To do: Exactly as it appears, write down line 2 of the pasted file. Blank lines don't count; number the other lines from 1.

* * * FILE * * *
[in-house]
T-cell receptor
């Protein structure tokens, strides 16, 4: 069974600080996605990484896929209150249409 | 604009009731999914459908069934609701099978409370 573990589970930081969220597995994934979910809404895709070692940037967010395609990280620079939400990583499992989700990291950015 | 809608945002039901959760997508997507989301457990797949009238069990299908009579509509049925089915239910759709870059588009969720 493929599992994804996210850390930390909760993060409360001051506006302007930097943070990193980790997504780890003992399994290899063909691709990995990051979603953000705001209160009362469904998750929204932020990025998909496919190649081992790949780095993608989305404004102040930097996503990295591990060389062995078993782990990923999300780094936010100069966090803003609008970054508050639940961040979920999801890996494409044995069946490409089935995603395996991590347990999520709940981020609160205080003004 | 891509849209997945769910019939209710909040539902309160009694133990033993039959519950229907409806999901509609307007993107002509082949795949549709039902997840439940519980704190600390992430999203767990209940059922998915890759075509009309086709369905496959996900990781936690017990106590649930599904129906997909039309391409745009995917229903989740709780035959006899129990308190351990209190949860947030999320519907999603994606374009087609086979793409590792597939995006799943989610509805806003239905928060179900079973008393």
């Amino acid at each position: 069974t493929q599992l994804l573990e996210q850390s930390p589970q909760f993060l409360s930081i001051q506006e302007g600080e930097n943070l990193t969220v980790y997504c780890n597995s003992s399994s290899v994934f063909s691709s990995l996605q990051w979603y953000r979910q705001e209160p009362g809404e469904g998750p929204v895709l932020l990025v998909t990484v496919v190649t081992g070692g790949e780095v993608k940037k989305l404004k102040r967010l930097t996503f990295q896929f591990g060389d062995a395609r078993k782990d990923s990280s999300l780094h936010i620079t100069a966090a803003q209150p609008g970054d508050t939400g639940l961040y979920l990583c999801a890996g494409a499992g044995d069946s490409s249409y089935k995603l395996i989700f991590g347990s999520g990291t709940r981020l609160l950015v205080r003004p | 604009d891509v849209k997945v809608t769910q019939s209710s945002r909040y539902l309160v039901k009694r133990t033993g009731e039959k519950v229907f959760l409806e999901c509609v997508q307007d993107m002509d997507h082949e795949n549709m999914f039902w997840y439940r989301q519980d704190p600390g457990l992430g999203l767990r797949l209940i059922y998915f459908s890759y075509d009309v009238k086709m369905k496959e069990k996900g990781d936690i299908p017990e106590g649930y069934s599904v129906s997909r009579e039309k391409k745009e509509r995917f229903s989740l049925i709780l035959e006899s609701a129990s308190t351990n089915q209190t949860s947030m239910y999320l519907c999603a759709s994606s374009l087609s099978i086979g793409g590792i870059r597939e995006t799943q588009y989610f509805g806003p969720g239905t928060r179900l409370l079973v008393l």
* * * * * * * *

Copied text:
T-cell receptor